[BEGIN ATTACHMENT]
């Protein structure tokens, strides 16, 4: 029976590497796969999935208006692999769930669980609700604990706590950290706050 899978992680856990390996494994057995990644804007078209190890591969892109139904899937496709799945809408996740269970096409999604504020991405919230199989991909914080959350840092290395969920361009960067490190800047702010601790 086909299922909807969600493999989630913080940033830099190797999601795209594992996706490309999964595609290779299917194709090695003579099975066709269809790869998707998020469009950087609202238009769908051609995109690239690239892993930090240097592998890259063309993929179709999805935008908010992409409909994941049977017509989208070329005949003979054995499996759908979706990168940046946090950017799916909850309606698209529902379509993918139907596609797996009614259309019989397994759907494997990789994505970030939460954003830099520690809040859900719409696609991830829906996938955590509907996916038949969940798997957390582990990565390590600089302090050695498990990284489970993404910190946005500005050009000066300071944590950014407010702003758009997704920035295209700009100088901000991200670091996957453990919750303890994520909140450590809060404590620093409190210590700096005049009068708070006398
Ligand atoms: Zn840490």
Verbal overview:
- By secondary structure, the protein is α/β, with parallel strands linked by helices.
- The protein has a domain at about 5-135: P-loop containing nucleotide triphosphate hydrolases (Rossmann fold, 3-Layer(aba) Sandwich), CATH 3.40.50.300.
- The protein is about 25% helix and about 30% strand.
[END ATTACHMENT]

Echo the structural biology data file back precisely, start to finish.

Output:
């Protein structure tokens, strides 16, 4: 029976590497796969999935208006692999769930669980609700604990706590950290706050 899978992680856990390996494994057995990644804007078209190890591969892109139904899937496709799945809408996740269970096409999604504020991405919230199989991909914080959350840092290395969920361009960067490190800047702010601790 086909299922909807969600493999989630913080940033830099190797999601795209594992996706490309999964595609290779299917194709090695003579099975066709269809790869998707998020469009950087609202238009769908051609995109690239690239892993930090240097592998890259063309993929179709999805935008908010992409409909994941049977017509989208070329005949003979054995499996759908979706990168940046946090950017799916909850309606698209529902379509993918139907596609797996009614259309019989397994759907494997990789994505970030939460954003830099520690809040859900719409696609991830829906996938955590509907996916038949969940798997957390582990990565390590600089302090050695498990990284489970993404910190946005500005050009000066300071944590950014407010702003758009997704920035295209700009100088901000991200670091996957453990919750303890994520909140450590809060404590620093409190210590700096005049009068708070006398
Ligand atoms: Zn840490």
Verbal overview:
- By secondary structure, the protein is α/β, with parallel strands linked by helices.
- The protein has a domain at about 5-135: P-loop containing nucleotide triphosphate hydrolases (Rossmann fold, 3-Layer(aba) Sandwich), CATH 3.40.50.300.
- The protein is about 25% helix and about 30% strand.